gravity or magnetic susceptibility, is impractical for almost all uranium ores. The yellow-cake is shipped to refining plants where it is purified to produce nucleargrade uranium compounds. Acid leaching- Uranium ores vary significantly from deposit to deposit and each mill must be designed to fit the specific characteristics of its ore. The general process, however, is similar for many ores, variations of the acid-leach flowsheet shown in Figure 1 have been used in more than 20 nulls. The basic steps in this flowsheet are: Crushing and grinding; Leaching; Solid-liquid separation and washing; Solvent extraction or ion-exchange, Yellow-cake precipitation and drying. The run-of-mine ore, which in some instances may be 25cm or more in diameter, is crushed and then ground to the consistency of fine sand. Since most ores being processed today contain from about 0.02% to 0.2% recoverable uranium, it is necessary to process from 500 to 5000 kg ore for each kilogram of uranium recovered. To produce the same amount of uranium, therefore, millsize can vary by a factor of 10. Most uranium mills use wet grinding, and the resulting slurry is fed to a leaching circuit where sulphuric acid is added. Acid consumption does not depend on the uranium content of the ore, but is controlled by the gangue constituents: the carbonate minerals present are often the principal acid consumers. Total acid consumption may vary from 10 kg of H2 SO4 per tonne of ore to more than 100 kg/tonne. Leaching times vary from a few to more than 24 hours. For some ores the leaching time can be greatly reduced by heating the leach pulp: temperatures in the 40° to 60° C range are used in several mills. With many ores, an oxidant such as manganese dioxide or sodium chlorate has to be added to achieve satisfactory uranium extraction. The oxidant is needed because most ores contain uranium in the reduced, or quadrivalent, form. The reduced uranium is only slightly soluble in the acidic leach solutions; the oxidant provides the driving force to convert the uranium to the hexavalent state which is readily soluble. Leach recoveries normally range from 85% to 95%, and the resulting leach solutions are relatively dilute but complex acidic sulphate solutions containing a wide variety of ions. Metallic ions commonly present include, uranium, iron, aluminium, magnesium, vanadium, calcium, molybdenum, copper, and sometimes selenium. The uranium concentration is normally 1 to 2 g/litre; concentrations of the other ions can vary greatly, depending on the composition of the specific ore being treated. After leaching, the solids and liquids are separated, and the solids are washed to recover the adhering leach solution. In most mills, the washing operations are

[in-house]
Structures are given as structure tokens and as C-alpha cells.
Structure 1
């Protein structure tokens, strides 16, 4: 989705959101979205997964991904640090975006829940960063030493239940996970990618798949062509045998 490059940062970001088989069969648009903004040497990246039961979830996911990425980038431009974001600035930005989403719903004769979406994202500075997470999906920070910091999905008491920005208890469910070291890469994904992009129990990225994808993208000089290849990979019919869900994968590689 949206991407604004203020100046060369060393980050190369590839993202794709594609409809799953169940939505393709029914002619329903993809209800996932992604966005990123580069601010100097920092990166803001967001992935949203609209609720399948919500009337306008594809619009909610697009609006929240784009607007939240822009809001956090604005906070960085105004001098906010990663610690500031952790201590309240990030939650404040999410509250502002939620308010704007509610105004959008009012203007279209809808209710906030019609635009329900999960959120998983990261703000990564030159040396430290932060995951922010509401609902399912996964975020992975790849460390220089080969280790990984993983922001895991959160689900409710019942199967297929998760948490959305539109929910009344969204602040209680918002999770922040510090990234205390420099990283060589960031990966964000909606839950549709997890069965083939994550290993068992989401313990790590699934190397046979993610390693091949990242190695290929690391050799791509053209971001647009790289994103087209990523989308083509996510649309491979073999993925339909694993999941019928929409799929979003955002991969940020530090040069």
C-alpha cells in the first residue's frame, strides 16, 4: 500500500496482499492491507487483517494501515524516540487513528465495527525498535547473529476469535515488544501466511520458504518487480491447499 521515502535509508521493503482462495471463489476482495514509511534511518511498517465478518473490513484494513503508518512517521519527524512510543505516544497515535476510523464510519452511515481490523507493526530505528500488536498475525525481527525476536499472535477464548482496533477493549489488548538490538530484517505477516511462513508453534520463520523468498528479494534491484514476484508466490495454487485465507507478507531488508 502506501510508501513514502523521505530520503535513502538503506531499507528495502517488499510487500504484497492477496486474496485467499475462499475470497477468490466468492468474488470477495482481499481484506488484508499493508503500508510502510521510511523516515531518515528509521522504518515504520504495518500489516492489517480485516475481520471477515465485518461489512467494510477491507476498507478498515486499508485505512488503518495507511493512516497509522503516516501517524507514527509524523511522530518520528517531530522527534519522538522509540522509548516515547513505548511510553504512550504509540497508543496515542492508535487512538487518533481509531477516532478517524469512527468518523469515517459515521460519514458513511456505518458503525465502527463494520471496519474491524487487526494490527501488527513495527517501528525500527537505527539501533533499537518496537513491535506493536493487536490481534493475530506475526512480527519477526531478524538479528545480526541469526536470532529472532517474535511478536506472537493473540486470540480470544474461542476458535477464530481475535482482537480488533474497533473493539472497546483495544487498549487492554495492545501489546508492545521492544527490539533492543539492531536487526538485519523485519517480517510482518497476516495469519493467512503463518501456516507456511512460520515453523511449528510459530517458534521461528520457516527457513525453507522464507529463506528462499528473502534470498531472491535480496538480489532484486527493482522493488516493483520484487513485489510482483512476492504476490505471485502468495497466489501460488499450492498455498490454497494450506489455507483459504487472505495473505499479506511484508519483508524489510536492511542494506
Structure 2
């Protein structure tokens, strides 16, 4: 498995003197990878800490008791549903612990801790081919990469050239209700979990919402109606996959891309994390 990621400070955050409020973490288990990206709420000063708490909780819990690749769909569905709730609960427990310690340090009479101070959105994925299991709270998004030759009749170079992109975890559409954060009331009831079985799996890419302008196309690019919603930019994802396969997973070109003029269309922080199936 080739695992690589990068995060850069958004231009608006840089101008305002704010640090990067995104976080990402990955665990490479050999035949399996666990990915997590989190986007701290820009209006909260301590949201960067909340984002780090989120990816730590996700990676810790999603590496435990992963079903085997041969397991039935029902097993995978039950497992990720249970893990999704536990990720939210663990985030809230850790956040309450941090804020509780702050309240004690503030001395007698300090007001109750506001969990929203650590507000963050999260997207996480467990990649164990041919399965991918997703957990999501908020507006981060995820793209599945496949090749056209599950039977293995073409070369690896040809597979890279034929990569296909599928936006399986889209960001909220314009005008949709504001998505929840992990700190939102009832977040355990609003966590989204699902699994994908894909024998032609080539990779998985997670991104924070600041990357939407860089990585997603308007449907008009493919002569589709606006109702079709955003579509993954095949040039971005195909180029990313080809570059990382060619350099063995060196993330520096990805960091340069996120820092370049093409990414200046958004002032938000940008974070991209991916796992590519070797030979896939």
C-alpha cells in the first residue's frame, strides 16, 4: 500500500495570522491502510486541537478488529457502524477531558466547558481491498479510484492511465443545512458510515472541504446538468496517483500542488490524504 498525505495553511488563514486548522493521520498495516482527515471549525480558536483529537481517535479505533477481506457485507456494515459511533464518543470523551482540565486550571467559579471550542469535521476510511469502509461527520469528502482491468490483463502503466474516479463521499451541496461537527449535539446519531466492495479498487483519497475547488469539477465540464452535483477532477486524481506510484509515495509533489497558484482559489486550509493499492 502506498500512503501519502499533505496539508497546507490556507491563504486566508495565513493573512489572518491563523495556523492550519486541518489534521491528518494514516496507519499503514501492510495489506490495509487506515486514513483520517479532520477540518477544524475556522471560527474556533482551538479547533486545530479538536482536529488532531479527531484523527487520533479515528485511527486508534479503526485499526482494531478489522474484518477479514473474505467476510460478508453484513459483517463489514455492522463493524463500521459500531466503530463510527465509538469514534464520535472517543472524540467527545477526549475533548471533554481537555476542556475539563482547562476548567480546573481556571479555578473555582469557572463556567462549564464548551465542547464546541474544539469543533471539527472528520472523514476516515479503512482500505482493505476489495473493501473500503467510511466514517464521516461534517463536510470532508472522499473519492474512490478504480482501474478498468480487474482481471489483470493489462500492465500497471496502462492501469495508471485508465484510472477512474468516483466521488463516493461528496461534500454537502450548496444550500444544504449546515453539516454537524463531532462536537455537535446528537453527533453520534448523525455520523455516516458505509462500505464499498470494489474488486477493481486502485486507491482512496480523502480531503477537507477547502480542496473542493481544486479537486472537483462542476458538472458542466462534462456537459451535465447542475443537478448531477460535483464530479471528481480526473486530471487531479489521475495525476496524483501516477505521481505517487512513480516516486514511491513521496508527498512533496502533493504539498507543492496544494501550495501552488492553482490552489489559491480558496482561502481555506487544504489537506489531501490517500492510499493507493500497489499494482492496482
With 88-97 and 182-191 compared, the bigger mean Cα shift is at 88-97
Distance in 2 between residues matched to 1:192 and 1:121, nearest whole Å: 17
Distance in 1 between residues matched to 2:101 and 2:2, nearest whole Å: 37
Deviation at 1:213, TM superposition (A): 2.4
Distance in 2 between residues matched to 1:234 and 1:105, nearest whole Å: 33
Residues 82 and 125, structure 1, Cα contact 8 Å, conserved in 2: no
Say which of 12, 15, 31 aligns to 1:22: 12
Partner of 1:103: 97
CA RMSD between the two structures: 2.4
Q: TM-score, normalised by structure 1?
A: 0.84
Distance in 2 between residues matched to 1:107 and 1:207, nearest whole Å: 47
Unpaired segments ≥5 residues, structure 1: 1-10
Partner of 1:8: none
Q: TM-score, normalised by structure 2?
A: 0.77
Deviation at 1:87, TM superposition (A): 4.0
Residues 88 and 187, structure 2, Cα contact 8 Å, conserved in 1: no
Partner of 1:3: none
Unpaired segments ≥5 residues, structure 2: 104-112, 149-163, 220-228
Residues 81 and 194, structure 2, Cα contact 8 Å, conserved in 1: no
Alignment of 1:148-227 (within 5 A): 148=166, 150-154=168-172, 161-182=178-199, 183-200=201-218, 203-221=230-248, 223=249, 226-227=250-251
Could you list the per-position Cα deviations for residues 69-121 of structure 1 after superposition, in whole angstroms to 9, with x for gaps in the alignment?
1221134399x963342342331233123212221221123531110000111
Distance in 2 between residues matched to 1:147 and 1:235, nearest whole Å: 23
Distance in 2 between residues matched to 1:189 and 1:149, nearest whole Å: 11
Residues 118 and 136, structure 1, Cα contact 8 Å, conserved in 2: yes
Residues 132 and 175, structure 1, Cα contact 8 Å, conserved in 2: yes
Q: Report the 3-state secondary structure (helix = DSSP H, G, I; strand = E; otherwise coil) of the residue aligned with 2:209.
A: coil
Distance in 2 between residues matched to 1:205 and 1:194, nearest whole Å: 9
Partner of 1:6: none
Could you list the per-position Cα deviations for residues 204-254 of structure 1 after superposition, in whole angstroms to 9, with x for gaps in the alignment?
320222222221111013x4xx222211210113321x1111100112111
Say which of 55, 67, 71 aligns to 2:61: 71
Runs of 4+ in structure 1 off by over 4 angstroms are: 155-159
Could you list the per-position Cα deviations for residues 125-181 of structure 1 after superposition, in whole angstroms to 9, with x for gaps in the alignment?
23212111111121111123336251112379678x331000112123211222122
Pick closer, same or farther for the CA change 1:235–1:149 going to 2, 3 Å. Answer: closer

to waste disposal